Wordy wristwatch isn't 'smart,' but it sure looks sweet

The Qlocktwo W quite literally spells out the time for you, without hands or numerals. It may not offer up texts or tweets, but its single-mindedness is impressive in this age of smart devices and "iPocketwatches."

It feels almost quaint in this era of the smartphone (aka the new pocket watch) to see a company producing a wristwatch that's nothing more (or less) than a wristwatch.

Companies including Sony are producing smart watches , adding texts, tweets, e-mails, and the like to the information you can wear on your wrist. And with products like the Pebble appearing, it may be only a matter of time before the smart watch truly takes hold.

But there is something classic and clean about the simple wristwatch. It tells the time and that's it. That's a lot, however. The wristwatch provides us with a little ritual -- however quick and commonplace -- in which we pay our respects to the passing of time, with no other distractions.

It's kind of nice, then, to see a company still whacking away at producing new and classy takes on the humble wristwatch. Biegart and Funk is an example.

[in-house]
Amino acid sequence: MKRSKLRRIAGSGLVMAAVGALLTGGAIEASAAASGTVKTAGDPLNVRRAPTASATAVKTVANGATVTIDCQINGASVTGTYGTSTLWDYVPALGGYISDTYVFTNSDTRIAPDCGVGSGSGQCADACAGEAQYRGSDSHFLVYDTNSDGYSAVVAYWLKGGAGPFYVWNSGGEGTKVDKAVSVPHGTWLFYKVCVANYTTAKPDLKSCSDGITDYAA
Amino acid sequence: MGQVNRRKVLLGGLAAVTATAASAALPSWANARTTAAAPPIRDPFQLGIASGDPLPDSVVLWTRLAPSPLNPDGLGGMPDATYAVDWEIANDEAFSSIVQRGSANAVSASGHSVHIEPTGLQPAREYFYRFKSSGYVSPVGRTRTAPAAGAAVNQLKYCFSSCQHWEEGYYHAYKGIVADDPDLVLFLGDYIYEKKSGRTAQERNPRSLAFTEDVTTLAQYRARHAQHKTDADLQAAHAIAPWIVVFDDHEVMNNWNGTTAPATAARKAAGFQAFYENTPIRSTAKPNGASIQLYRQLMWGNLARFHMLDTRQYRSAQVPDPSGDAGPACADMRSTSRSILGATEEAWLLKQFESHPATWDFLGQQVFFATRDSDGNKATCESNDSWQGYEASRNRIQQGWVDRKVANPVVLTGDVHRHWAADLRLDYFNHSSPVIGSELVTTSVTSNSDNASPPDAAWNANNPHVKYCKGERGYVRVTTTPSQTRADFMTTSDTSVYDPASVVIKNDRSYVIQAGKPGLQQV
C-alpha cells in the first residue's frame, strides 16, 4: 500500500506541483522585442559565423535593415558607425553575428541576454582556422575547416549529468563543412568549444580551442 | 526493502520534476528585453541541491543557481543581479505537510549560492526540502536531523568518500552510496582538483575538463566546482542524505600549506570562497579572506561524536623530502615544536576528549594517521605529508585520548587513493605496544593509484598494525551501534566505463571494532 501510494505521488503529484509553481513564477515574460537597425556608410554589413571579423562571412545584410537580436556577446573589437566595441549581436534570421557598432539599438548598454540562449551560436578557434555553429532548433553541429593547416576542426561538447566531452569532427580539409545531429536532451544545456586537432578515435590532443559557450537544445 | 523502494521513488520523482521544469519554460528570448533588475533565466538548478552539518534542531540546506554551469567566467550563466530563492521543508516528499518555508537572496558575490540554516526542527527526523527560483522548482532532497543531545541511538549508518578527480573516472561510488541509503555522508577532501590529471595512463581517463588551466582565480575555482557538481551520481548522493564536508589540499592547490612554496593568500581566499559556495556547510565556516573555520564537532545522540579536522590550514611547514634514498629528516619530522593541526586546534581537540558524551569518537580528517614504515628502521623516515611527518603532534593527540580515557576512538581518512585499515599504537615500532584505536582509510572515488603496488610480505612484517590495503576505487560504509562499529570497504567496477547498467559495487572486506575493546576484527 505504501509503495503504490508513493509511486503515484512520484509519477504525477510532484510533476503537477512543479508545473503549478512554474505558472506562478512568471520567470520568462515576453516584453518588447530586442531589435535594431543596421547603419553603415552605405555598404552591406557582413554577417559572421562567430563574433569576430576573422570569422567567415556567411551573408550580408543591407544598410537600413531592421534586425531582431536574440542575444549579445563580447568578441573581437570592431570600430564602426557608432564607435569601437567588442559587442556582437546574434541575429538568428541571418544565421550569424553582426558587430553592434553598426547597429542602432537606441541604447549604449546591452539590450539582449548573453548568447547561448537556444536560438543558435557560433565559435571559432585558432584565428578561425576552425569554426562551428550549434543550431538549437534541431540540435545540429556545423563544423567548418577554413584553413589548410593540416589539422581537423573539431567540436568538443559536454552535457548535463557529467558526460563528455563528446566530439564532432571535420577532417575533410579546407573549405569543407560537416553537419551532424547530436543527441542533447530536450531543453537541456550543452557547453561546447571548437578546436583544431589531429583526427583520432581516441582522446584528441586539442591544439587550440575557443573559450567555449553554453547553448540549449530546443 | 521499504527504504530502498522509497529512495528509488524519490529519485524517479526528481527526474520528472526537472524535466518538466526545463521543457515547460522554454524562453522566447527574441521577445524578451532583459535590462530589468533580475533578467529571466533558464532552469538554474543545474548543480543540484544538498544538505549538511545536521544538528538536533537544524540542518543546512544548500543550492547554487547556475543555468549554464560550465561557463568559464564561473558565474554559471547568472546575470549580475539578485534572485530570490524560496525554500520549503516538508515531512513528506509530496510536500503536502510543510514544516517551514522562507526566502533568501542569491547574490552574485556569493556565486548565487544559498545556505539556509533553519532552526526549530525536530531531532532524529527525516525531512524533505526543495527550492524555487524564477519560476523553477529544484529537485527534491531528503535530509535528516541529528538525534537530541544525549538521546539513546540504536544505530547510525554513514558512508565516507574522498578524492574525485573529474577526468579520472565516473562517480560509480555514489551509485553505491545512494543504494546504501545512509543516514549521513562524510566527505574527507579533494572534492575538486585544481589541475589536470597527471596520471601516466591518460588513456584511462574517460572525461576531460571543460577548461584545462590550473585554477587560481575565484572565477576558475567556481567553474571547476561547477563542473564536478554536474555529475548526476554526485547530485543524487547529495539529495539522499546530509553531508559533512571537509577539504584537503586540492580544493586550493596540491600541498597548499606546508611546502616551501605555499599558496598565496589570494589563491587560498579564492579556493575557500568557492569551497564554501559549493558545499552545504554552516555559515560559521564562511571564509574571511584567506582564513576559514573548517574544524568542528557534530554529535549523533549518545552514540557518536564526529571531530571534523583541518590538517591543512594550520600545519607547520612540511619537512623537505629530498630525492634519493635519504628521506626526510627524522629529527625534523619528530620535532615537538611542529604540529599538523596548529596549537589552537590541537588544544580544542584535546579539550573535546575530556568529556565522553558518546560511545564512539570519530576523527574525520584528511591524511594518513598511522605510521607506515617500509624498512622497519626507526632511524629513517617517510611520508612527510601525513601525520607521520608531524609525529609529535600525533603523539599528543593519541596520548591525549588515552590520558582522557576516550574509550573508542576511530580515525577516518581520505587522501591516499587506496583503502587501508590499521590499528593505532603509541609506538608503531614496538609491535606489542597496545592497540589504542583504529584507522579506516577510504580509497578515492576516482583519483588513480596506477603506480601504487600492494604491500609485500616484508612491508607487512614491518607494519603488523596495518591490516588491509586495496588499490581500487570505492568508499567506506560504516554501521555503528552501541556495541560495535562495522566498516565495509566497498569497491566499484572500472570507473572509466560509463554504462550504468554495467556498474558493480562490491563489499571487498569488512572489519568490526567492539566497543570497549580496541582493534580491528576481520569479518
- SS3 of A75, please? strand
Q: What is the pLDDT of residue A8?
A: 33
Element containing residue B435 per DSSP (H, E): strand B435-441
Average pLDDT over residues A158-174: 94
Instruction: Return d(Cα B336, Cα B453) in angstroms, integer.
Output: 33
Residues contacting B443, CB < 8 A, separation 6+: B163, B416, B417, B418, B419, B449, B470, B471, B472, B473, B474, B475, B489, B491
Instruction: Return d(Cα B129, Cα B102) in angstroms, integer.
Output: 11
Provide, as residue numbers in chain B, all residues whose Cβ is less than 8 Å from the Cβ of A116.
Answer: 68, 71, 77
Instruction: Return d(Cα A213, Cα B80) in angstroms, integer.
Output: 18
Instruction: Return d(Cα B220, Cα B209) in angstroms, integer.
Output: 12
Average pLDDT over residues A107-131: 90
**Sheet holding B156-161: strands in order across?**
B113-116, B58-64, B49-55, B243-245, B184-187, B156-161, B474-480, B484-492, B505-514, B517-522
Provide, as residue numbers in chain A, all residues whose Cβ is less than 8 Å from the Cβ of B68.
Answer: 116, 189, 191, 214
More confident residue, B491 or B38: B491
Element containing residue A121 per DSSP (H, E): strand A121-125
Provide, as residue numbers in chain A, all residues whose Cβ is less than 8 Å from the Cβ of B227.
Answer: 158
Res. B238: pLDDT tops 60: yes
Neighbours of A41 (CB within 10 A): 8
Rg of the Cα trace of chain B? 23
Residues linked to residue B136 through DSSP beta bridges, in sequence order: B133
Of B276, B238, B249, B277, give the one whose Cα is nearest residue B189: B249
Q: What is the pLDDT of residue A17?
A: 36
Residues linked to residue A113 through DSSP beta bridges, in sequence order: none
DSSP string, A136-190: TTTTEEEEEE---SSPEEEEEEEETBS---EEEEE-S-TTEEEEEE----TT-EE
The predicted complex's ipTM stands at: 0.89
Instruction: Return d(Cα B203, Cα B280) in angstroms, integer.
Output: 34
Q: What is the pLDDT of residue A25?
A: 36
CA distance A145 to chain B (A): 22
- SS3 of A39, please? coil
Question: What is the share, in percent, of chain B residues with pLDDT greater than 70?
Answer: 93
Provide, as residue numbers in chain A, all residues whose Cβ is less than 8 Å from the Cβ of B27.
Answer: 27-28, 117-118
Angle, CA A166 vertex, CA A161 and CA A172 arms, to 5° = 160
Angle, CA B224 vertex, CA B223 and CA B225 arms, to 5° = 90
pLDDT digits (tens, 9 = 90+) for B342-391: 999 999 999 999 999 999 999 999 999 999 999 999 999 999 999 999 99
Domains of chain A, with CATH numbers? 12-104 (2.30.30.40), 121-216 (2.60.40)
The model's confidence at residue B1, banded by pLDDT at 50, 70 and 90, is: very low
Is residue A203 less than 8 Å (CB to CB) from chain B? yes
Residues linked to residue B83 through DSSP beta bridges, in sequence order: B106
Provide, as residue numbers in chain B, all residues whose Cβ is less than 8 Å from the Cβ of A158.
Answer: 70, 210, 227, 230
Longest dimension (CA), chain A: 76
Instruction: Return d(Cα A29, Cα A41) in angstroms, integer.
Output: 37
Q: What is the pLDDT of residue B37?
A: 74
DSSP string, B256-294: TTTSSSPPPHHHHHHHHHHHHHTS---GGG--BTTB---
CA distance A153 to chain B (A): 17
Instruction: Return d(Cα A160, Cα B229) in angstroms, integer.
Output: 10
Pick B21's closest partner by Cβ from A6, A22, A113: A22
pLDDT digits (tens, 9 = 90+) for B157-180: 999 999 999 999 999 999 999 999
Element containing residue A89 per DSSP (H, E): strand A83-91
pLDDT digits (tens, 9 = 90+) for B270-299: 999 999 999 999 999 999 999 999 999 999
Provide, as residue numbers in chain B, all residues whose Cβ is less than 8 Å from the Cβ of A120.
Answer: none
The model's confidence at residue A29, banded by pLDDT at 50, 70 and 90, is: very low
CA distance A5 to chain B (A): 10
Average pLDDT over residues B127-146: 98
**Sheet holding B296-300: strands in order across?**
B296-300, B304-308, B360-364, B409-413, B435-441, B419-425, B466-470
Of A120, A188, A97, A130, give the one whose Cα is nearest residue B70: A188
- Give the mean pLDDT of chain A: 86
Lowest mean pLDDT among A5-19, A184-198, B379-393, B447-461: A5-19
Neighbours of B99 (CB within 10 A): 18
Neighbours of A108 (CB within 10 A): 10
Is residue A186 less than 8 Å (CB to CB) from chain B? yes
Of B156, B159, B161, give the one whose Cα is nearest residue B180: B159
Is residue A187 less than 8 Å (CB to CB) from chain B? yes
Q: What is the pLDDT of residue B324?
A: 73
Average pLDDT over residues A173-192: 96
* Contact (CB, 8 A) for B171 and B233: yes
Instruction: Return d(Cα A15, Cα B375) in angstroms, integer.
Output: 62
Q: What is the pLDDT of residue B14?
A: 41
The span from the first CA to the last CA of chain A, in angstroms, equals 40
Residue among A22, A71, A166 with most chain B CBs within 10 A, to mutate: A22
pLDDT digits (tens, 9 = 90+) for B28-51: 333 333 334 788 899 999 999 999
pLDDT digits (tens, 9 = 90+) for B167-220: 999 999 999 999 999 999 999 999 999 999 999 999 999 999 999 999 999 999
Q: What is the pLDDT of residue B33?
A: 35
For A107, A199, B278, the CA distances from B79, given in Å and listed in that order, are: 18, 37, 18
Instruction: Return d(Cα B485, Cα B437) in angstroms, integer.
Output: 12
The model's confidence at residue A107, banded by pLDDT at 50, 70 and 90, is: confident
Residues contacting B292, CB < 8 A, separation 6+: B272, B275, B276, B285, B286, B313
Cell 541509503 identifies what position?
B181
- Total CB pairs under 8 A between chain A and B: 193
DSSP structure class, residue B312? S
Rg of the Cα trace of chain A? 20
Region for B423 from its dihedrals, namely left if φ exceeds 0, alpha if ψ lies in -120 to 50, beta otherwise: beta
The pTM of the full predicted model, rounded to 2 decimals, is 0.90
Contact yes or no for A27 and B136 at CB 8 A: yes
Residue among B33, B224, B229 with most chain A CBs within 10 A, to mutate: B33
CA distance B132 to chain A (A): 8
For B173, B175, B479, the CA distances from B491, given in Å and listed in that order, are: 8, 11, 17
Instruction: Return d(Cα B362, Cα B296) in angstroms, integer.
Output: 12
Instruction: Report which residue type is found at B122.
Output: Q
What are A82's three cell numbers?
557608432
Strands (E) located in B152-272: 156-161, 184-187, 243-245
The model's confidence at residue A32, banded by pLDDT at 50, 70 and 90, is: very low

It's adapted its prize-winning Qlocktwo wall clock for the wrist, creating the Qlocktwo W. The classy-looking wristwatch quite literally spells out the time, rather than giving it to you with hands and/or digits. As the company says on its Web site:

"In a square, there is a grid of 110 letters. When the stainless steel button is pressed, words light up in unexpected places which describe the time. Whenever you look at your Qlocktwo W, it's a new experience."

Recently on display at the Baselworld watch and jewelry show, the Qlocktwo W is due to hit the market in the fall and will be available in black or in brushed stainless steel, with two strap styles to choose from: leather or natural rubber. The price is about $725, and you can sign up to be notified when it's available for purchase.

But, hey, if you're an unapologetic user of an iPhone iPocketwatch, that's OK. You can always consider downloading the Qlocktwo iPhone app, which would cost you only 99 cents. Time, after all, is money, and money is time.

About the author

Edward Moyer is an associate editor at CNET News and a many-year veteran of the writing and editing world. He enjoys taking sentences apart and putting them back together. He also likes making them from scratch.

 

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